Description brings writing to life. That boy over there is really good-looking. This sentence does not describe any information about the boy only gives a value judgment. Some writing spends much time in minute details of a face, or laundry lists of clothing worn by the character. A much more vivid approach is to show personality traits and how they make the character behave or react. For instance a woman who brushes her fingers through her hair – perhaps in response to stress, or maybe in times of excitement is more present than one with a round face and oval eyes.
When it comes to places and things be as concrete as possible without lengthy elaboration. It is not as easy as it sounds. A shovel can be called by a different name such as a spade but that still doesn’t say what kind it is. Perhaps the metal is shiny– no scratches would tend to say it has never been used. On the other hand if it is covered with clumps of dried mud it gives us some information about the user. For instance, the owner who always maintains his tools meticulously, and finding it thus, knows someone used it without permission and in a rush.
I read an interview of Rachel Rager recently. She uses similar methods for writing to mine. “I always write on the computer. However, I have notebooks everywhere – the car, my purse, my bedroom – I just never know when an idea will strike and if I don’t write it down then I forget. I have often written several pages of notes or even entire scenes on paper but then I put them in the computer when I get the chance.” Under the heading of Brainstorming Virginia Hamilton says: “Carry a notebook with you at all times. That way you’ll never miss an important moment.”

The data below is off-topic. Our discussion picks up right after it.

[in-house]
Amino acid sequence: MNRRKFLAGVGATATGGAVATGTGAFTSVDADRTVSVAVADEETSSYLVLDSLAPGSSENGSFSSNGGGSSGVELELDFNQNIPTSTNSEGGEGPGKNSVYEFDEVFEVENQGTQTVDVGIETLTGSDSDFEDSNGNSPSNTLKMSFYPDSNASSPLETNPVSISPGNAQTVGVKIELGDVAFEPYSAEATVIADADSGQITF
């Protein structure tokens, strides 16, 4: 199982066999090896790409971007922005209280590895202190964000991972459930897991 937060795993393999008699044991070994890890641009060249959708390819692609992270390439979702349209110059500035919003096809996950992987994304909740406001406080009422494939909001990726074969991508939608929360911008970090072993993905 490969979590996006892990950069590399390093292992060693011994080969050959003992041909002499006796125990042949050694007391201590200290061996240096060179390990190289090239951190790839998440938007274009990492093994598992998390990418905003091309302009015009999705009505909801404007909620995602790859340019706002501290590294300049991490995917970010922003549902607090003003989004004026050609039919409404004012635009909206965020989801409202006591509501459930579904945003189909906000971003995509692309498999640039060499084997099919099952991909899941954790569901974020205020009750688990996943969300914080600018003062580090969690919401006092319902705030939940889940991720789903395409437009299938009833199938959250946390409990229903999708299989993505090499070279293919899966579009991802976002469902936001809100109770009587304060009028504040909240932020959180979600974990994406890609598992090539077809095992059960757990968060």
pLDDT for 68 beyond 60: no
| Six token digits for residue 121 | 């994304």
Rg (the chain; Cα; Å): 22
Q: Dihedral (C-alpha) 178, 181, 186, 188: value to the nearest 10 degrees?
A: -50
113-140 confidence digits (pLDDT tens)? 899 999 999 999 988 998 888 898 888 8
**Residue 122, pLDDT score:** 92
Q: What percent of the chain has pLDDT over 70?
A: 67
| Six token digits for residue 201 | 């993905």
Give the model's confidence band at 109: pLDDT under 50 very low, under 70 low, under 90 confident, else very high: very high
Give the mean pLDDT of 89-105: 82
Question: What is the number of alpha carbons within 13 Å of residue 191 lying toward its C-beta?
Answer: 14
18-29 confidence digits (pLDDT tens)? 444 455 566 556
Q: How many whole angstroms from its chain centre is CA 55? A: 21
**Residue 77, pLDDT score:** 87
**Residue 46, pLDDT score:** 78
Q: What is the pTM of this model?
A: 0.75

By making notes when the observations or ideas occur you have a war chest of material to use later when you need to depict a setting, express emotions, or portray characters actions. I use anything available from church programs, old receipts, a napkin, or the margins of a book I am reading. Once I’ve written it down, I may or may not need to reference it, but the act of putting it on paper had inscribed it on my mind for future reference.
Short annotations are wonderful. They act as a spring board for later clarification or modification.
Worn vinyl seats, color faded and material cracked. Leaves it open for long use, or abuse.
Crunchy floor. Offers the possibility of a dark space that has skeletal remains, or an eating establishment with peanut shells strewn around.
The stench of old grease. That can be outside a fast food establishment, or inside a mechanics garage.
Have fun keeping a journal of little tidbits for later use and happy writing in 2010.